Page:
Alden argued that this less flexible system not only affects the ability of the public sector to work and manage efficiently, but raises the cost of health care for other businesses. The private sector moved away from the kinds of benefits the public sector offers a few decades ago, said Alden, but the public sector is still moving forward at an exponential rate. He wants the state to start moving away from those kinds of benefit packages, as well.

"Somebody needs to put together a plan to get there in three to five years," he said. "It's not going to happen overnight."

Executive Councilor and Grafton County Commissioner Ray Burton looked at the union issue in a broader context.

"Over the years, over the long haul, you've got to give unions their due," he said. "They've done well by their members, but the pendulum is starting to swing."

Burton suggested supporting wellness programs that encourage such things as walking everyday and eating well, and can prevent the need for people to seek medical attention later on, lessening the tax on the system.

Alden also spoke on the subject of the Northern Pass, the energy project that would bring hydro-generated power from Canada to southern New England by way of a 180-mile transmission line of 90 to 135-foot towers cutting through New Hampshire. The massive project is being undertaken by Hydro-Quebec, NSTAR, and Public Service of New Hampshire's (PSNH) parent company, Northeast Utilities.

Alden outlined a short-term concern of the drop in real estate prices along the projected path that has already begun, and the long-term concern of the effect on tourism, as the line could be seen coming out of the Franconia Notch Parkway. Alden's chief concern involving the project right now, however, is clarity.

"One thing business doesn't want in general is [a lack of] clarity," he said. "Five years of not knowing where this thing is going could hurt us."

Roche said the BIA is not taking a stance either way on the Northern Pass project at this time, as its membership is divided.

"We have no dog in this fight, at this point. We are neutral," said Roche, though Public Service of New Hampshire (PSNH) President Gary Long also serves as president of BIA's Board of Directors.

"Is there anything the BIA could do sift through all the information out there?" asked Alden. Roche spoke about potentially hosting a forum or debate on the subject, but added that many local chambers across the state have already done so.

LACC Executive Director Chad Stearns suggested looking at extending the cut-off time for selling alcohol. Currently, stores not allowed to sell alcohol past 11:45 for off-premises sales and 1 p.m. for on-premises sales. As a region and state that relies heavily on tourism, the policy – earlier than other New England states – can dissuade people from visiting or spending more money, said Stearns.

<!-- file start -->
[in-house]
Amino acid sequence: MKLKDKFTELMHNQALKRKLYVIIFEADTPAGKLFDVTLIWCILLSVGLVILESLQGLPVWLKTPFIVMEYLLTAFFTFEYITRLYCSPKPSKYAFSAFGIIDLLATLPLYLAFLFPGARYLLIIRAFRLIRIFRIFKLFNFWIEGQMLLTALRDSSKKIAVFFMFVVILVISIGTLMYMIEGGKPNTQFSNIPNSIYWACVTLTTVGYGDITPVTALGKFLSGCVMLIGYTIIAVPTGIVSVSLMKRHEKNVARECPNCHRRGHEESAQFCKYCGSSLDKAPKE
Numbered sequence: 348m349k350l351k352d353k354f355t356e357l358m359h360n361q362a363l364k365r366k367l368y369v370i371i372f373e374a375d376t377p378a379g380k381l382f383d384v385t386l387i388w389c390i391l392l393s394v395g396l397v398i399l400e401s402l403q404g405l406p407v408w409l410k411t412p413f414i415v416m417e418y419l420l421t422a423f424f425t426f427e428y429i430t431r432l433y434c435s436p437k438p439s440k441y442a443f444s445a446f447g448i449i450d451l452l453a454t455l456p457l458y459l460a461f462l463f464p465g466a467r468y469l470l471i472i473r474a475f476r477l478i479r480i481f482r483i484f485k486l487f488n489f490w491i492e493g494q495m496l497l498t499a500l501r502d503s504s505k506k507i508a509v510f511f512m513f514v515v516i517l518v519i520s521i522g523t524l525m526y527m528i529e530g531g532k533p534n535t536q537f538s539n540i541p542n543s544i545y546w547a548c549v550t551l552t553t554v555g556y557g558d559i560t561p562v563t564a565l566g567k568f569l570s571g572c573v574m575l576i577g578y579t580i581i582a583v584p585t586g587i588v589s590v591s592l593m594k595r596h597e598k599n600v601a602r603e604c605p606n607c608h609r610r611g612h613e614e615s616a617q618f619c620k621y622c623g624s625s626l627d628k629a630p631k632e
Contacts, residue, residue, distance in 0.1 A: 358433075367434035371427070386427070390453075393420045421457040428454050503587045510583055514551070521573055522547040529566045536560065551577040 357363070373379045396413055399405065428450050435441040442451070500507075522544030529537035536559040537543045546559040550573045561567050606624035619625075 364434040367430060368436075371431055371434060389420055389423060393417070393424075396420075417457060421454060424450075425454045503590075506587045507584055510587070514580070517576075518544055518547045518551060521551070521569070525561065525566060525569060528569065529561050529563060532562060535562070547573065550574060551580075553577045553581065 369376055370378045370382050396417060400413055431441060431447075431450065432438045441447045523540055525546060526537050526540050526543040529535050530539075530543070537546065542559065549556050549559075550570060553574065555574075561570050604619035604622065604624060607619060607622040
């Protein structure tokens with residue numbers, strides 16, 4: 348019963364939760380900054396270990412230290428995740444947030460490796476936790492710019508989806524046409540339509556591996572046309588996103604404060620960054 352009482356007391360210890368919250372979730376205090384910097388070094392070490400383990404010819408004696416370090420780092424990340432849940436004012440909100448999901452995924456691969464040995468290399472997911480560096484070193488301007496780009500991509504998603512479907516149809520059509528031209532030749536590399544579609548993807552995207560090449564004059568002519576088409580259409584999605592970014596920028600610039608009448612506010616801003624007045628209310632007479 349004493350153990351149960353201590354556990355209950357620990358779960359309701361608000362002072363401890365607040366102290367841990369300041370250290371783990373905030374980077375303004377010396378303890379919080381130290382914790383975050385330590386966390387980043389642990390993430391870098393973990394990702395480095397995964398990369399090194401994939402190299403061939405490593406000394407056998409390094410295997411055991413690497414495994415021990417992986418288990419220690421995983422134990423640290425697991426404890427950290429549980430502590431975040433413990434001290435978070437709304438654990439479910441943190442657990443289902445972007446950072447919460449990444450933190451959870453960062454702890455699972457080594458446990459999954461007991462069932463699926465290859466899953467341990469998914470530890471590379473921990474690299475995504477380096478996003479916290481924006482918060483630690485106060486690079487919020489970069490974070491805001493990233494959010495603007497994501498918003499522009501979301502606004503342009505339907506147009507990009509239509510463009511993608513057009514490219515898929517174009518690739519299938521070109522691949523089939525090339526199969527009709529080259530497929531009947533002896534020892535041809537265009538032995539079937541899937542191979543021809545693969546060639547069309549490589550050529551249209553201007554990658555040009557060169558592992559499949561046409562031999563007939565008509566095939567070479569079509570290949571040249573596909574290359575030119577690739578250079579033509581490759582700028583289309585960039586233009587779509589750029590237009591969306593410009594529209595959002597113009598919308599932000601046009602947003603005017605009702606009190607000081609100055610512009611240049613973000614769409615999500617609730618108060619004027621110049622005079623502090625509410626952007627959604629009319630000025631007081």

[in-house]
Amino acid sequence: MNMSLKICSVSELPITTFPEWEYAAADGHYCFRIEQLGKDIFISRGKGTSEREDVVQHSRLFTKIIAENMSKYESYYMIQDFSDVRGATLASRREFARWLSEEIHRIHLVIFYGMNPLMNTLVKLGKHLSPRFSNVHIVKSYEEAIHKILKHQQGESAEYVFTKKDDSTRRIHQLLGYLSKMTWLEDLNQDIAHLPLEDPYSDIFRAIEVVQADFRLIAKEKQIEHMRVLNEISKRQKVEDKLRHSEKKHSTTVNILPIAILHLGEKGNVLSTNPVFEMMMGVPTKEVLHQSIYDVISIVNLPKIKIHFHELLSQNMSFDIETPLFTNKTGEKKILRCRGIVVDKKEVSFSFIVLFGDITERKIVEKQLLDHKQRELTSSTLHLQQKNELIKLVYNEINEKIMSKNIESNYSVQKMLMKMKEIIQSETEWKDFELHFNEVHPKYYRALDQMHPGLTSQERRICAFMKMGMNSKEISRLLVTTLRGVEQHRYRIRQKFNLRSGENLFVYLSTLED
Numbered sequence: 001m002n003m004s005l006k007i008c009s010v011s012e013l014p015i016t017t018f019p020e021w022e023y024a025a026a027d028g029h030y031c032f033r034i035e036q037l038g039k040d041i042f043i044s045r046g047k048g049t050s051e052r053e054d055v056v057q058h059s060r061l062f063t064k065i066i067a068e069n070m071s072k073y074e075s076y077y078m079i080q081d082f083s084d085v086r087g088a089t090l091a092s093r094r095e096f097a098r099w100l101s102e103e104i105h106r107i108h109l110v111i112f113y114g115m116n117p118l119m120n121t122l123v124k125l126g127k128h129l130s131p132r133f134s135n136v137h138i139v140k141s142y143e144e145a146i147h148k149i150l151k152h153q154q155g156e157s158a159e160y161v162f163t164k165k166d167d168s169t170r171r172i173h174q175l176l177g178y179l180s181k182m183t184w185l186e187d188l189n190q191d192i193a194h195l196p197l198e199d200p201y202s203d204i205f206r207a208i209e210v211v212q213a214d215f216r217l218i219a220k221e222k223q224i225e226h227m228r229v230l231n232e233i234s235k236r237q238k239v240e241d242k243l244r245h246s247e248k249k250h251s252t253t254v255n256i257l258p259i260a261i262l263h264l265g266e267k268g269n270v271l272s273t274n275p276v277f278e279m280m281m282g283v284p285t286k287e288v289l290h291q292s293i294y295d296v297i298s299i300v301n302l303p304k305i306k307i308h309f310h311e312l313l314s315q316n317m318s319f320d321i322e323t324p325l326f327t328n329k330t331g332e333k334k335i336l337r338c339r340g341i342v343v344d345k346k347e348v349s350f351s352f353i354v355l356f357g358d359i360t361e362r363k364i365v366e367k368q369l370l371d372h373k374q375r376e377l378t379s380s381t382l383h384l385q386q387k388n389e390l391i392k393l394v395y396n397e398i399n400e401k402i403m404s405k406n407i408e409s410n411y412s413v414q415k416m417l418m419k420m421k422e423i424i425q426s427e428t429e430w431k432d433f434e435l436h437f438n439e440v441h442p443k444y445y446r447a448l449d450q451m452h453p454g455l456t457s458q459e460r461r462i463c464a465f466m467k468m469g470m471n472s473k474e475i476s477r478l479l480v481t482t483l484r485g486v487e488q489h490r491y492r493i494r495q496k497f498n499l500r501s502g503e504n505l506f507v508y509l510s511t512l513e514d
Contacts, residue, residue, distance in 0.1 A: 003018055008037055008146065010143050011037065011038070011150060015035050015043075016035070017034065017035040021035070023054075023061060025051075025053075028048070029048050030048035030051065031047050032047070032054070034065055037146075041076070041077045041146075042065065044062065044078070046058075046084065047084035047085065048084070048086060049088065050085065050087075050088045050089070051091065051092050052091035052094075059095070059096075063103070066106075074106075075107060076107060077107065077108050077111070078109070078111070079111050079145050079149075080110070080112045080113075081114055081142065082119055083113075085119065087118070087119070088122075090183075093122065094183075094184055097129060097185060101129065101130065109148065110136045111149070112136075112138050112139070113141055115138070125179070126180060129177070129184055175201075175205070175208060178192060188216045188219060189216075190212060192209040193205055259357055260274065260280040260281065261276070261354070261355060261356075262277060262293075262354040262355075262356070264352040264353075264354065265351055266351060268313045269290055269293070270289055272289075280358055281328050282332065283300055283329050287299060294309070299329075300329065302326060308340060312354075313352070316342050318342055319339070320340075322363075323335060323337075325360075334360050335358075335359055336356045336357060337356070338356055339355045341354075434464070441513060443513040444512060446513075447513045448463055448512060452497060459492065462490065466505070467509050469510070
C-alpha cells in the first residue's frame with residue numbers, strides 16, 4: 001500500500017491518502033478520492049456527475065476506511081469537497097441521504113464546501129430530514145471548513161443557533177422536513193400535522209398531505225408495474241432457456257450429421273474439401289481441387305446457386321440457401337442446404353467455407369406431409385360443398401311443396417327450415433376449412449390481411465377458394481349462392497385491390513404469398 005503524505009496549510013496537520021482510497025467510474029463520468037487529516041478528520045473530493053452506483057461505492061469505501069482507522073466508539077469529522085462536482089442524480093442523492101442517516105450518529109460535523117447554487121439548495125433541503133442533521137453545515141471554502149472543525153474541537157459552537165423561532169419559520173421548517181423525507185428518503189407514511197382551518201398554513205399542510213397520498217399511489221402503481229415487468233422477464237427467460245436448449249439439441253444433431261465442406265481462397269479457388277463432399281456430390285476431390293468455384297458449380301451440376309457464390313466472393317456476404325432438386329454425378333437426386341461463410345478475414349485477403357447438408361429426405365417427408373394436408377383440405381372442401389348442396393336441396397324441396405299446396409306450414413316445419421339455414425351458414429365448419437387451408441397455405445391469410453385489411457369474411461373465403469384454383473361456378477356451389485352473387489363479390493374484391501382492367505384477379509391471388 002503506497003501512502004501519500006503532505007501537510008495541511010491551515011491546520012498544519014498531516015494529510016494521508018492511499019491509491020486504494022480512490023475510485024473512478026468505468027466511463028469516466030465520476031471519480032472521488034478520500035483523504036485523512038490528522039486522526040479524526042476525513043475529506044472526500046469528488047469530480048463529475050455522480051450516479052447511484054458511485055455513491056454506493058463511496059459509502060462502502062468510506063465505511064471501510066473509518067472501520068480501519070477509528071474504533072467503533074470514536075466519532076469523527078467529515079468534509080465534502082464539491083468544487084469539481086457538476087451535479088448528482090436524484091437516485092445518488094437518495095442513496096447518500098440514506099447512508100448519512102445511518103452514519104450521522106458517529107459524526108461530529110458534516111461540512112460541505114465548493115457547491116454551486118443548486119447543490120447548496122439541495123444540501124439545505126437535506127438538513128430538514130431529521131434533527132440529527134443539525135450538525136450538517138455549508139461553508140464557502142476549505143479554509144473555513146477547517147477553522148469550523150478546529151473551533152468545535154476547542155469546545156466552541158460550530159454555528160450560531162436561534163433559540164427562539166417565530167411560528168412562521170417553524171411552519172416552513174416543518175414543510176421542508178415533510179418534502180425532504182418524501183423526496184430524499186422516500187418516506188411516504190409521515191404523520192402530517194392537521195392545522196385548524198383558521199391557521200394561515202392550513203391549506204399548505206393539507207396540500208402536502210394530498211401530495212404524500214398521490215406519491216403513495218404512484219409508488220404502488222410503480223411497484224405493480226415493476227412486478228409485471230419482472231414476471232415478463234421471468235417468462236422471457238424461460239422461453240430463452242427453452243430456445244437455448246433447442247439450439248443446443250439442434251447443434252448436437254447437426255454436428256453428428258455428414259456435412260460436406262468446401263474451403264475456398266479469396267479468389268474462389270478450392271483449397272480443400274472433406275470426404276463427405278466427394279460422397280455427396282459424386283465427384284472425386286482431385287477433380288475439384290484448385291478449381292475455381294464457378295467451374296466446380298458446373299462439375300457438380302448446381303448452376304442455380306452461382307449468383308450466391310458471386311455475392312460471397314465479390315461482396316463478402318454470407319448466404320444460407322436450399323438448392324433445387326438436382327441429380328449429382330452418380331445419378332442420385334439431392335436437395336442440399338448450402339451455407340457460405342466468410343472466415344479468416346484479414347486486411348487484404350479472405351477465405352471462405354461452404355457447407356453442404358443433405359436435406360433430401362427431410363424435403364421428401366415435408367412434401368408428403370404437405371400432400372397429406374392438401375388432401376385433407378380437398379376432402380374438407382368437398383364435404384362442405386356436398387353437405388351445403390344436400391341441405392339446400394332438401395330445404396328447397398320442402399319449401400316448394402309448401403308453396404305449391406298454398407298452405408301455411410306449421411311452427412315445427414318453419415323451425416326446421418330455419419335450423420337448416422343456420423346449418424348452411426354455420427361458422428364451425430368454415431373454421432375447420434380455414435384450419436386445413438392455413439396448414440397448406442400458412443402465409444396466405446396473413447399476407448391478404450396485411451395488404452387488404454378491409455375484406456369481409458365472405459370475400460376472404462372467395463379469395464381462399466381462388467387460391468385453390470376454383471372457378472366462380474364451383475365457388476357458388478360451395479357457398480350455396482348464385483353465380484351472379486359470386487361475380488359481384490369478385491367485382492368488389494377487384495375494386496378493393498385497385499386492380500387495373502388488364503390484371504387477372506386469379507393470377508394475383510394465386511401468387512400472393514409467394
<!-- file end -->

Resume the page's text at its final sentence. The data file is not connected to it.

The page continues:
Stearns also brought up the Shoreland Protection Act, which he said can dissuade developers away from businesses along waterways, such as the Ammonoosuc River in Littleton.

"People are just so scared of the regulations that they don't even look into it," said Stearns.

BIA Vice President Michael Lacata said the budget bill will most likely include a landowner-friendly revision of the act. Changes would include stricter regulations on the Department of Environmental Services (DES) right to show up on someone's land without prior notification, and more lenient repercussions for violations.

The BIA has over 400 member businesses statewide, including local entities like The Littleton Coin Company, The Mount Washington Hotel, Garnet Hill, and New England Wire Technology. The Littleton roundtable was one of 10 held across the state this month. Next month, the BIA will send out an online survey based on the information gathered in the roundtables, asking its members to rank issues from greatest to least importance. At August's policy committee meeting, the BIA will sort the issues into the five categories to be spearheaded by five distinct sub-committees: healthcare/workforce, economic development, environment, fiscal policy/taxes and fees, and energy. September will see the public release of this information translated into an overarching list of goals for the BIA for the coming legislative session.